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The Effects and Rates of Interpretive Listening in Time-compressed Speech in Audiobooks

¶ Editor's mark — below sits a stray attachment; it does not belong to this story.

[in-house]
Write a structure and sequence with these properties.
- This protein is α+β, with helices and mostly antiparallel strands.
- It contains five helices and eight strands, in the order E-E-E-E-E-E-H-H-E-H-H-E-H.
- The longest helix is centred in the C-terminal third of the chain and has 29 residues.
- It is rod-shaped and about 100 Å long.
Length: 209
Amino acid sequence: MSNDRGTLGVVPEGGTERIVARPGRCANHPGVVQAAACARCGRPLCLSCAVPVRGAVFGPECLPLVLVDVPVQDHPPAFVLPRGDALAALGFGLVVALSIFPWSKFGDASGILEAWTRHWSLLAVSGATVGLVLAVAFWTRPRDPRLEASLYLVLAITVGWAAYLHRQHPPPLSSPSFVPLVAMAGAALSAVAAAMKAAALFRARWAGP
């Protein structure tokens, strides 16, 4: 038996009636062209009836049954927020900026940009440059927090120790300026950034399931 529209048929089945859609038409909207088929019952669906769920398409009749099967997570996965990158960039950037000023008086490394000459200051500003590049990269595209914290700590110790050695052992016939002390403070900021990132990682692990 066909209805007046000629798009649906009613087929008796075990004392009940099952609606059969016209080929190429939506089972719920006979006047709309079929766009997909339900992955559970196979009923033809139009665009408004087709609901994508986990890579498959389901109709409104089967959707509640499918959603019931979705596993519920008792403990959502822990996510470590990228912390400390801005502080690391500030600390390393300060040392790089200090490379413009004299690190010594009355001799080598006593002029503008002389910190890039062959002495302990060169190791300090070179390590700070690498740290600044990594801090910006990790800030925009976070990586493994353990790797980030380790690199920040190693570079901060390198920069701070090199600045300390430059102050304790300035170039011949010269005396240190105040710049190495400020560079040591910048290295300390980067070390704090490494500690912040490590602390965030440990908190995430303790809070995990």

There have been prolific studies about audio speed and how it affects comprehension in an educational setting. However, with the rise of audiobook consumption, audiobook speeds and the aspects of language processing that go beyond comprehension and recall have yet to be explored. Would someone be as moved by Shakespeare’s Hamlet if they listened to it at twice the speed? Would Orwell’s Nineteen Eighty-Four be as harrowing to a listener if the audio had shorter pauses in between? The present study employs an experimental design to investigate the rates and effects of interpretive listening in time-compressed audiobooks, more specifically if increased speech rates affected the emotive response of audiobooks compared to the normal speed, by how much, and whether there is a threshold for time-compressed speech that is sustained before the rate of interpretive listening is at a decline. Participants (N=50) that were fluent English speakers and had no hearing impairments were asked to rate their emotive response (using emotions: happiness, sadness, anger, surprise, and fear) from a scale from 0 to 100 upon listening to twelve 30-second audiobook excerpt played at rates 1x, 1.5x, 2x, and a truncated condition. Participants also completed a multiple-choice comprehension question after each excerpt was played. The results found that there was a significant decrease in emotive response when the audiobook was played at 1.5x and 2x speed compared to the normal speed. The truncated condition did not have a significant difference in emotive response compared to the normal speed. The results presented also seem to suggest the existence of a threshold for the rate of interpretive listening. Furthermore, results stated that different time-compression rates did not have an effect on comprehension, although this could be due to the short length of each audiobook excerpt. With the ubiquitous audiobook and audio media content, more research is required to investigate individual emotions, develop a more systematic measure of interpretive listening and discover whether certain demographics have the same threshold for interpretive listening.